In this study, different concentrations of C6H5NH2 (Aniline) were employed for investigating its corrosion inhibition of stainless steel in 0.5 M HCl. Corrosion rate measurements at 28°C, 45°C and 60°C were obtained from a linear sweep voltametry instrument and analyzed for inhibition efficiency and apparent activation energy in the presence and absence of C6H5NH2. Results showed that C6H5NH2 generally exhibited excellent inhibition effects on stainless steel corrosion at the higher temperatures, i.e. the 45°C and 60°C, at which the self-protectiveness of the stainless steel metal appears to breakdown. In contrast, the stainless steel metal exhibited self protection in the presence and absence of C6H5NH2 at the low temperature of 28°C, such that very low inhibition effects of aniline appears to be required at this temperature. Thus, while maximum inhibition efficiency (η) = 23.13% at 28°C by the 0.086 M C6H5NH2, inhibition efficiency was as high as η = 96.00% by 0.043 M C6H5NH2 at 40°C and η = 95.58% by the 0.107 M C6H5NH2 at 60°C on stainless steel corrosion in the HCl test-medium. Apparent activation energy analyses showed that this thermodynamic quantity decreased in values from the uninhibited, Ea = 100.37 kJ/mol, to the excellently inhibiting 0.107 M C6H5NH2 for which Ea = 6.30 kJ/mol. The implications, of these results, on the temperature dependency of C6H5NH2 corrosion inhibition performance as well as on the dominance of chemisorption adsorption mechanism by this chemical inhibitor on the stainless steel metal were detailed in the study.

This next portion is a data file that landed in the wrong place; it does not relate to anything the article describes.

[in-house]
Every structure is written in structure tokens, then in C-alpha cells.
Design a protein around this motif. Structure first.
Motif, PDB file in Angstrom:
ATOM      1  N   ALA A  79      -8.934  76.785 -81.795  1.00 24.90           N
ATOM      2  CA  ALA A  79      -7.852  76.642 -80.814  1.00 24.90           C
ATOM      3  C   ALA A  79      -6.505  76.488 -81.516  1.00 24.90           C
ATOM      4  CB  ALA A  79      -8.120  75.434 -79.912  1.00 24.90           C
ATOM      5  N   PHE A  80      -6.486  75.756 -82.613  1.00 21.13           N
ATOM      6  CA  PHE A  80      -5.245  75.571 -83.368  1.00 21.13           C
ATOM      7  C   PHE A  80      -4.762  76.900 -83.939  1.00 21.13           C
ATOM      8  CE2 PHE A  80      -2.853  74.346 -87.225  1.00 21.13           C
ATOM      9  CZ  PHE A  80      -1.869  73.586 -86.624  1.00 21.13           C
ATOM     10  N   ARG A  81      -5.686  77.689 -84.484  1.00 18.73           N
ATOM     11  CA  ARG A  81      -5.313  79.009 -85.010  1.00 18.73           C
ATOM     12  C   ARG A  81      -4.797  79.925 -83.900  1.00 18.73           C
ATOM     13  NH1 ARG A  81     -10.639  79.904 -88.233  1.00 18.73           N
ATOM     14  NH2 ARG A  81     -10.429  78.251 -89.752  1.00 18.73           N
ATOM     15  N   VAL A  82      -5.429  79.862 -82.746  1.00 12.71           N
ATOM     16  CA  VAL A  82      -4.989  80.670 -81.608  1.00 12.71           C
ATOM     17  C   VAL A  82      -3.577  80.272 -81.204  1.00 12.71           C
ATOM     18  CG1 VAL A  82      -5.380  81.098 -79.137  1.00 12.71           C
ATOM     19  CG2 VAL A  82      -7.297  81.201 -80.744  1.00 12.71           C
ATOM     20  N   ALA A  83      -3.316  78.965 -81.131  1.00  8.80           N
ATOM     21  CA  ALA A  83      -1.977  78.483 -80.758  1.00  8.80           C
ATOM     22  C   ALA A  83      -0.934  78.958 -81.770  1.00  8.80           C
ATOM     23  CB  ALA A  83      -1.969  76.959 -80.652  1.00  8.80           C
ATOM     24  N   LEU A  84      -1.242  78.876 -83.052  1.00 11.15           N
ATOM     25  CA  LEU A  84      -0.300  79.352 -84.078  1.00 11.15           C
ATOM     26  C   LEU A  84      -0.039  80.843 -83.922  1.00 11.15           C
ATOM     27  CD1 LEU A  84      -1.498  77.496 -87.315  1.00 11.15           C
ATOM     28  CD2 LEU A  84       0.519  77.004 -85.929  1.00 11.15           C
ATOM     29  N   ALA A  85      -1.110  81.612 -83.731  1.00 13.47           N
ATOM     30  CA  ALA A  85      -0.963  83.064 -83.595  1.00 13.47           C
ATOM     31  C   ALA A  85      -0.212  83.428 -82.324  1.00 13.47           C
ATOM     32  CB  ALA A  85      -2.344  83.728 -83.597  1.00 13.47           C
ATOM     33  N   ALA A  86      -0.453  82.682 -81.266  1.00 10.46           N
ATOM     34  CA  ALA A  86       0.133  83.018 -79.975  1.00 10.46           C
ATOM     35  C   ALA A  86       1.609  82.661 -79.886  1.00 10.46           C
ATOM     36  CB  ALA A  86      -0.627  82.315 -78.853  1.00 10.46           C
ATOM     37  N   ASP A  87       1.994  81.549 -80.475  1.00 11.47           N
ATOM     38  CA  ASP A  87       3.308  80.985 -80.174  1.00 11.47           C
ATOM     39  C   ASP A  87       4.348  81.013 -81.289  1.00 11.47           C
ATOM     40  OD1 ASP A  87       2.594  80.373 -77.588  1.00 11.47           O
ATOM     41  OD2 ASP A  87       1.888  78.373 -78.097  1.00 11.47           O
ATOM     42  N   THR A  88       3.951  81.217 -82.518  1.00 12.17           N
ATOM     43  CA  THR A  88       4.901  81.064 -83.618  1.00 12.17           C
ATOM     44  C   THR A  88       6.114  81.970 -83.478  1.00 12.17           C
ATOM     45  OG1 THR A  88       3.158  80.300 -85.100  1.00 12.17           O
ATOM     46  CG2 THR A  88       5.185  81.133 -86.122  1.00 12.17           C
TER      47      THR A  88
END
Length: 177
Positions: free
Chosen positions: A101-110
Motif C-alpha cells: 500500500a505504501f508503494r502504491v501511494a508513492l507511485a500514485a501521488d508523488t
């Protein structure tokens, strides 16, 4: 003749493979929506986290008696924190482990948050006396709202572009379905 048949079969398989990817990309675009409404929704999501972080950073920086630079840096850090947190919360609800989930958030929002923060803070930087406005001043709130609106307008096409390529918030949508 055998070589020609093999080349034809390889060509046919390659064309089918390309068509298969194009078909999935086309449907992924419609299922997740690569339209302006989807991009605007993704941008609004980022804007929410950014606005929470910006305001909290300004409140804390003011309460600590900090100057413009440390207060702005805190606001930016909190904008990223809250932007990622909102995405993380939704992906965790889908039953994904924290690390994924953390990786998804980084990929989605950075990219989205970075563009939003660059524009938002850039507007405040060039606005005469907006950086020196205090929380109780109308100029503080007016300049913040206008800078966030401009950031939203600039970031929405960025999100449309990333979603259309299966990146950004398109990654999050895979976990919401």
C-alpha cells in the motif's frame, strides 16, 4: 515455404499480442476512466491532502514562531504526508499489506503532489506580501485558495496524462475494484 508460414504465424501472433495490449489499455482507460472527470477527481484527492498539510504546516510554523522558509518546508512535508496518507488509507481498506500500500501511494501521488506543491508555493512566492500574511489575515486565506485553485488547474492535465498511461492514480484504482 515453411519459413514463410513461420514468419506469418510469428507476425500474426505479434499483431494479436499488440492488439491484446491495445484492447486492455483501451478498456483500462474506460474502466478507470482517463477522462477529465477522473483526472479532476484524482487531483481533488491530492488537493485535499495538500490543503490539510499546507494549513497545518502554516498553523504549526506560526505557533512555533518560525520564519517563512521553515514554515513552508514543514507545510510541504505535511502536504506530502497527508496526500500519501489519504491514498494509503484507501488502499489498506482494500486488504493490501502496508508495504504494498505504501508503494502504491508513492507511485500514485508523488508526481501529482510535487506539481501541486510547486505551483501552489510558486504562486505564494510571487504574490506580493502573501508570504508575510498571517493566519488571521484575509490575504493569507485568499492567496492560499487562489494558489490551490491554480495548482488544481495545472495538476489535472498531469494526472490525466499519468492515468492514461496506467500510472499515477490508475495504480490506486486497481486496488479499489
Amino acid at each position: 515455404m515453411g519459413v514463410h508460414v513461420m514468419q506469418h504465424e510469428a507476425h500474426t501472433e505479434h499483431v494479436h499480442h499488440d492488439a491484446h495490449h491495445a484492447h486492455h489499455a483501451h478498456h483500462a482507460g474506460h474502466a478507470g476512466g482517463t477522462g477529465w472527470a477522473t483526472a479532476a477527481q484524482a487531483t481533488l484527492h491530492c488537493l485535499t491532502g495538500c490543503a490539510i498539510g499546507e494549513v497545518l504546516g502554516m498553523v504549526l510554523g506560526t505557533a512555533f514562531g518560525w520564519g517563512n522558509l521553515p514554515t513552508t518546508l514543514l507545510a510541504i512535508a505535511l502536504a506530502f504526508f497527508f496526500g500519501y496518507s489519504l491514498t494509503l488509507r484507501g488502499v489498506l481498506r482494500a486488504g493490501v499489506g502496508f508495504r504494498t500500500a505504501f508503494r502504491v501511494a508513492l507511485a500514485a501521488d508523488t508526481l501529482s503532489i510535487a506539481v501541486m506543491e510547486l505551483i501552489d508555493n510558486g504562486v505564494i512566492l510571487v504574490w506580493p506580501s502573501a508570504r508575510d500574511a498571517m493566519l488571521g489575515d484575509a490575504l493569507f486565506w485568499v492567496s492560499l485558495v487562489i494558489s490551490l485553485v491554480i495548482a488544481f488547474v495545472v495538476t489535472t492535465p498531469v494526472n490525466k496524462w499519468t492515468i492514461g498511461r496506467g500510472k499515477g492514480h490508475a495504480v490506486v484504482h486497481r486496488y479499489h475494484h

Key words: Aniline inhibitor, hydrochloric acid environment, stainless steel metal, linear sweep voltametry instrumentation, corrosion inhibition efficiency, activation energy modeling